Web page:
Here is the daily roundup and summary of the major headlines coming out of Sudan. United to End Genocide does not necessarily support the views expressed in the articles in this post
Sudan’s Foreign Minister Ali Karti declared that the Sudanese government will allow aid groups to come into South Kordofan and Blue Nile only if the rebel Sudan People’s Liberation Movement-North (SPLM-N) agree to a ceasefire. Karti said that humanitarian aid would go to support the SPLM-N, so no aid will be allowed until they lay down arms.
UN renews mandate of human rights expert on Sudan—Sudan Tribune
The UN Human Rights Council (UNHRC) has renewed the mandate for a human rights expert on Sudan for another year despite attempts by the Sudan government to prevent its renewal. Expert Mohamed Chande Othman has criticized the Sudan’s tolerance of impunity in conflict zones. The UNHRC has expressed concern for the humanitarian crises in South Kordofan and Blue Nile.
Army accused of burning down villages—Radio Dabanga
According to refugees, the Sudanese Armed Forces (SAF) have burned down two villages in the Tabit area of North Darfur. The SAF allegedly attacked the villages of Tangarara and Uma Kafalu in 17 vehicles. Heavy gunfire was suspected to be the cause of the fires . SAF forces also beat and tortured some residents. The SAF have also been suspected of being involved in an incident in Goz Kul area of North Darfur, in which four people were killed and 1,500 livestock taken.
Abu Tira troops digging trench around Zamzam—Radio Dabanga
Abu Tira forces, who serve as local police and have been accused of committing human rights abuses against Darfuris, are now building trenches around the Zamzam refugee camp in North Darfur. This has left only one entrance to the camp that is guarded by the Abu Tira. Residents have also accused the Abu Tira of opening fire near a school at the camp.
Refugees who fled from South Kordofan to South Sudan’s Unity State remain vulnerable to malnutrition. Many people had travelled for two weeks to reach the safety of the Unity State, often with children. About 9,200 people have already registered as refugees and the Unity State is already struggling to handle the 83,851 returnees.
Taha denies reports on smuggling of Libyan weapons to Sudan -Sudan Tribune
First Vice-President Ali Osman Taha denies that Libyan weapons have been smuggled into Sudan after the fall of Qaddafi’s government. Conflicting reports state that weapons are missing from Libyan storage facilities. Some reports allege that Iranian Revolutionary Guards stole surface-to-air missiles and brought them to Sudan. There is concern that some of these weapons may end up in the hands of terrorists organizations.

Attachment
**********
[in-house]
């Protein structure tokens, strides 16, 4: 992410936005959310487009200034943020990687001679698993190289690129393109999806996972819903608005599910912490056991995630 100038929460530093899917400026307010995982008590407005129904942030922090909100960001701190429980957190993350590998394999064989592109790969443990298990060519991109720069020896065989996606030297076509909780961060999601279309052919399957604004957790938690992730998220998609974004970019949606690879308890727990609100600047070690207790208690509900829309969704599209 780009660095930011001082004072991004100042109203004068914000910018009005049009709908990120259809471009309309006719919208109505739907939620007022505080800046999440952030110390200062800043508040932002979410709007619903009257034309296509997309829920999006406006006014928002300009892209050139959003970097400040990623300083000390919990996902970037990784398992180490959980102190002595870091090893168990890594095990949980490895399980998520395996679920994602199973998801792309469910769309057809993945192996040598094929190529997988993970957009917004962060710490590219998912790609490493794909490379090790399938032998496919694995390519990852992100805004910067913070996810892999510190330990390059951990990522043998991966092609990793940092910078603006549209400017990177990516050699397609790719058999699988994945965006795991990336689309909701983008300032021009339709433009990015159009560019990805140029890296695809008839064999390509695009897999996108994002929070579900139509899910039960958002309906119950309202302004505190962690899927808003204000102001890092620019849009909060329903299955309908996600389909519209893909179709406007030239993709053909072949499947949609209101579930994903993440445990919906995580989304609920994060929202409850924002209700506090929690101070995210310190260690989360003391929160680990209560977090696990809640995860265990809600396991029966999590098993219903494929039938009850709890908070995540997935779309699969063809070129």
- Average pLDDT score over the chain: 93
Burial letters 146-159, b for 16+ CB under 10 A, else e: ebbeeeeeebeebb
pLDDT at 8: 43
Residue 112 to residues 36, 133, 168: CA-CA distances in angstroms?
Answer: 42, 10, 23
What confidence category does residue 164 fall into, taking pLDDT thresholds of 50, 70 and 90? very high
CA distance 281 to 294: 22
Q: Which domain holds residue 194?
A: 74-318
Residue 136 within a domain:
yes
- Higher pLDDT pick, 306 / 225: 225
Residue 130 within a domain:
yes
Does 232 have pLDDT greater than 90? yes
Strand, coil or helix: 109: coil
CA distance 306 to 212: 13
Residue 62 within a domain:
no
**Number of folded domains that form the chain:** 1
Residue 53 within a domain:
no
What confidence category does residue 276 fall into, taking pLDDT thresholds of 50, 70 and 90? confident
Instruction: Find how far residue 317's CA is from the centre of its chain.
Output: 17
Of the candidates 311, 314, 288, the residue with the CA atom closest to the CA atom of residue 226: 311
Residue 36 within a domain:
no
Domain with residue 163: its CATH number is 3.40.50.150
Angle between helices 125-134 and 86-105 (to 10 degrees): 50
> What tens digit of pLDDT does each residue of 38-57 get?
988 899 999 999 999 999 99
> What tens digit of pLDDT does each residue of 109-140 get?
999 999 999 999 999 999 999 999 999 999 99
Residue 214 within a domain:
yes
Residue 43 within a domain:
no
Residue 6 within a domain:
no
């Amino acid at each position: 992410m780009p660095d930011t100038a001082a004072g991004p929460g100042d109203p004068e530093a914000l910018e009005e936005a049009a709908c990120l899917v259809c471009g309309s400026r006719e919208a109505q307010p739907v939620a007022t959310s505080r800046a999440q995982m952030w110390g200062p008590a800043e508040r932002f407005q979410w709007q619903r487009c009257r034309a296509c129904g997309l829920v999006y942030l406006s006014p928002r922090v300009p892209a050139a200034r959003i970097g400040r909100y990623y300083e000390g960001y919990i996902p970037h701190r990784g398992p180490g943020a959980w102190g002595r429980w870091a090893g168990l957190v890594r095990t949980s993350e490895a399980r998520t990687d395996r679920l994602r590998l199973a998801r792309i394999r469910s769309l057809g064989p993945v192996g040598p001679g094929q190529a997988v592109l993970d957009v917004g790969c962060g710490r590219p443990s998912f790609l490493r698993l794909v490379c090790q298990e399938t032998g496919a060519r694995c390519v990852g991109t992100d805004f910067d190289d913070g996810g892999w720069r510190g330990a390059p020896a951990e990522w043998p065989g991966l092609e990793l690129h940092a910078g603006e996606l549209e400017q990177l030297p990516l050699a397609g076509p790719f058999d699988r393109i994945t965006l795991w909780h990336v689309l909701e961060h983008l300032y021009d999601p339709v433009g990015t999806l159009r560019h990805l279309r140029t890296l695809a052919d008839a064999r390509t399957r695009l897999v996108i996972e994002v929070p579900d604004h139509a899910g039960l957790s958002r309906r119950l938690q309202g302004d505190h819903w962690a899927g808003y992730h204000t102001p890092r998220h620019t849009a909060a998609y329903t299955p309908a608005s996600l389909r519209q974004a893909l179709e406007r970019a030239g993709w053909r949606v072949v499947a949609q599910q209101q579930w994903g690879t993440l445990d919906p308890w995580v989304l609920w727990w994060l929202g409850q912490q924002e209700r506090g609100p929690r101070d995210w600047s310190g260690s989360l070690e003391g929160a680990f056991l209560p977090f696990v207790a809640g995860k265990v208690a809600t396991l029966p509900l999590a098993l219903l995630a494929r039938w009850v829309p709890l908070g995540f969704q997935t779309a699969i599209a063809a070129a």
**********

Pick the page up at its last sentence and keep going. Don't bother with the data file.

Darfuri students stage sit-in protest – Radio Dabanga
Darfuri students staged a sit-in at their universities after being unable to register due to unpaid tuition fees. Previously students from Darfur had their tuition waived under the Abuja settlement because of hardships in the Darfur region. The Abuja settlement has expired and so the universities are refusing to let students register until they pay their fees.
Four killed in S Kordofan air raid– Radio Dabanga
Four people were killed and six injured by bombs dropped from Sudanese Armed Forces planes in the Dalami area of South Kordofan. Bombs were also dropped around Korgy without casualties.
The UNAMID peacekeeping mission is using puppet plays to teach schoolchildren in Darfur about the dangers of unexploded ordinance (UXO). In a two day workshop in El Fasher, UNAMID taught staff from the local Friends of Peace and Development NGO how to use puppetry to protect children. Recently three children were killed and five injured by UXO.
Killings in S. Kordofan Cast Shadow over Christians in Sudan –Compass Direct News
Christians in South Kordofan say that the Sudanese government willingness to attack areas without regard to whether the victims are rebels or civilians is due to a desire to rid the area of Christianity. Christians have been detained by Sudanese Armed Forces agents and executed. Detainees that escaped say the agents said “this land is Islamic and that we are not allowed to be in this land”.
The government’s assurances that sharia law protects Christians from violence, was met with skepticism by Christians who believe full enactment of Sharia law will make them second-class citizens.
South Sudan’s President Salva Kiir held an unexpected meeting with Lam Akol, who had broken away from the Sudan People’s Liberation Movement/Army (SPLM/A) to form the Sudan Epople’s Liberation Movement Democratic Change (SPLMN-DC). The SPLM-DC had taken the side of the National Congress Party (Omer El-Bashir’s Party) against the SPLM/A, of which Salva Kiir was a member. Lam Akol had also run against Salva Kiir in the 2010 presidential election for South Sudan. The meeting between Kiir and Akol was intended to bring the SPLM-DC into the fold and create a more united South Sudan. Akol has shown support for a federalist system in South Sudan and for ending corruption.
Warrap parliament votes to remove state governor –Sudan Tribune
40 members of the Warrap state parliament sought to remove Governor Nyandeng Malek from office on Monday, but were unable to as the vote was cancelled by the Speaker of the House after he said he received instructions from South Sudan’s Vice President Riek Machar telling him to do so. Vice President Machar denies that he requested the vote to be cancelled. The 40 members of parliament want Governor Malek removed from office because they believe she was negligent in her duties by failing to create a financial monitoring commission in her state, establish better security, and report accurately on the problem of hunger and malnutrition in the state. Some 358 people have reportedly died of hunger in Warrap but Malek attributed these deaths to illness, and thereby failed to adequately deal with the problem of hunger in the state.